How Not to Write a Novel: 200 Mistakes to Avoid at All Costs If You Ever Want to Get Published
There are many ways prospective authors routinely sabotage their own work. But why leave it to guesswork? This title shows how you can ensure that your manuscript never rises above the level of unpublishable drivel; that your characters are unpleasant, dimensionless versions of yourself; and that... show more
There are many ways prospective authors routinely sabotage their own work. But why leave it to guesswork? This title shows how you can ensure that your manuscript never rises above the level of unpublishable drivel; that your characters are unpleasant, dimensionless versions of yourself; and that your plot is digressive, tedious and unconvincing.
Publish date: June 1st 2009
Pages no: 262
Edition language: English
, Books About Books
, Self Help
, How To
This made me laugh several times, the examples are hilarious and if you know the genres you can see the echoes blatantly. It did solidify why I disliked reading some books and what was wrong with them for me.
This is great fun - time after time the authors would throw out an example and I'd think: yep, that one was in book X. Bad characterisation, bad plot devices, bad dialogue, even bad query letters - they're all in here. The humour might get a little tedious for some, since it's all a bit over-the-top...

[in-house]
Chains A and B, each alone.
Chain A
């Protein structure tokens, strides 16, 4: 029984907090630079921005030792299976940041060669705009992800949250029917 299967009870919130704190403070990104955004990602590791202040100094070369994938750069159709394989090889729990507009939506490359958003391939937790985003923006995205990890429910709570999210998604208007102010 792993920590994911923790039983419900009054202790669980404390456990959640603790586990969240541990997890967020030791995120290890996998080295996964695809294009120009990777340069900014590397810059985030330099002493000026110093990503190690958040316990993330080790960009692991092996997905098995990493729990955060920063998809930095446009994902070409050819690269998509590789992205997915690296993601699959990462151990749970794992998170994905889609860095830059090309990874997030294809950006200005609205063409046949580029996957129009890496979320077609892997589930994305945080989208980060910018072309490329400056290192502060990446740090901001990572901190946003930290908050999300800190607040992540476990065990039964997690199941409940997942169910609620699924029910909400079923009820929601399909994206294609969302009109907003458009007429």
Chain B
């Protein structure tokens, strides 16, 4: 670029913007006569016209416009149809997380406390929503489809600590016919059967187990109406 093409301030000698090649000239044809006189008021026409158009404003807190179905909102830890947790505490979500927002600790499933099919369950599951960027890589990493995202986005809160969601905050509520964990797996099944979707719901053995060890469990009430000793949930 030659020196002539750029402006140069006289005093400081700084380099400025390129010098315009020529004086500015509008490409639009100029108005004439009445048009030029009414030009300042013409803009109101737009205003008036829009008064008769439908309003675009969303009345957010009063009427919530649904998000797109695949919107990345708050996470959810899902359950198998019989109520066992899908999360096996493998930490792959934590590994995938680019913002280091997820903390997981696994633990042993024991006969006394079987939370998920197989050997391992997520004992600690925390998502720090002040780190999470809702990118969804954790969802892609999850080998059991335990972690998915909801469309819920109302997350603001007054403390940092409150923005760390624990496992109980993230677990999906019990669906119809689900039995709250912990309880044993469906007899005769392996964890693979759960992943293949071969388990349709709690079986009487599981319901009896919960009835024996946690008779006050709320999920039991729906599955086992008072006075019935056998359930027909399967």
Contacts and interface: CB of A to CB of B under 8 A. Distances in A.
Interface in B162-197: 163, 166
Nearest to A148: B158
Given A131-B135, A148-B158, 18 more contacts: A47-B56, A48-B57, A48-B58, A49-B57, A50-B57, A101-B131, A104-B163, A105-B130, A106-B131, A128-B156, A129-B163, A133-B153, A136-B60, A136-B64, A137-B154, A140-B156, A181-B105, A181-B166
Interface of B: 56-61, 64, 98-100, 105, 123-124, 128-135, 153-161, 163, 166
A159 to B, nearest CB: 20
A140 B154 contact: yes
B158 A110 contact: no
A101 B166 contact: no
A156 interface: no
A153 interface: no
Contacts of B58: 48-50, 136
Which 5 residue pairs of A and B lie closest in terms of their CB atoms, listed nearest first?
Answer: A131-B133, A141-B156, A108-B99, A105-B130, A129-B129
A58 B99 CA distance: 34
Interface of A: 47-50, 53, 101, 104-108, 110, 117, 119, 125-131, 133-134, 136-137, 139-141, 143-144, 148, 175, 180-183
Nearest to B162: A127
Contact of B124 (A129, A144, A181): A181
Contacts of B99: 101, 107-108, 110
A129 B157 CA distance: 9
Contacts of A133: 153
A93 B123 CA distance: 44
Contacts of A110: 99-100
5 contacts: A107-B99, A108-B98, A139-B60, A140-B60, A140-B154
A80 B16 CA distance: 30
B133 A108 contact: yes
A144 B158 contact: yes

A light-hearted, funny, and interesting read. A lot of those mistakes I already knew to avoid, but it doesn't matter: this book still allowed me to think about other pitfalls I should keep an eye on. Besides, good advice wrapped in humour and wit always works better for me than pompous utterances.
How Not To Write A Novel is an indispensible gem for aspiring writers. Instead of telling you what to write and how to write it, this book takes you through a variety of mistakes that will lead to editors promptly sending your manuscript to the rejection pile. Not only is it a useful reference point...
I don't know why I find Mittelmark and Newman so entertaining, but they crack me up. My default setting is silliness, and these two are good at silly, while also providing a lot of very helpful information. I loved Read This Next, so I decided to give this one a go, even though I have no intention o...
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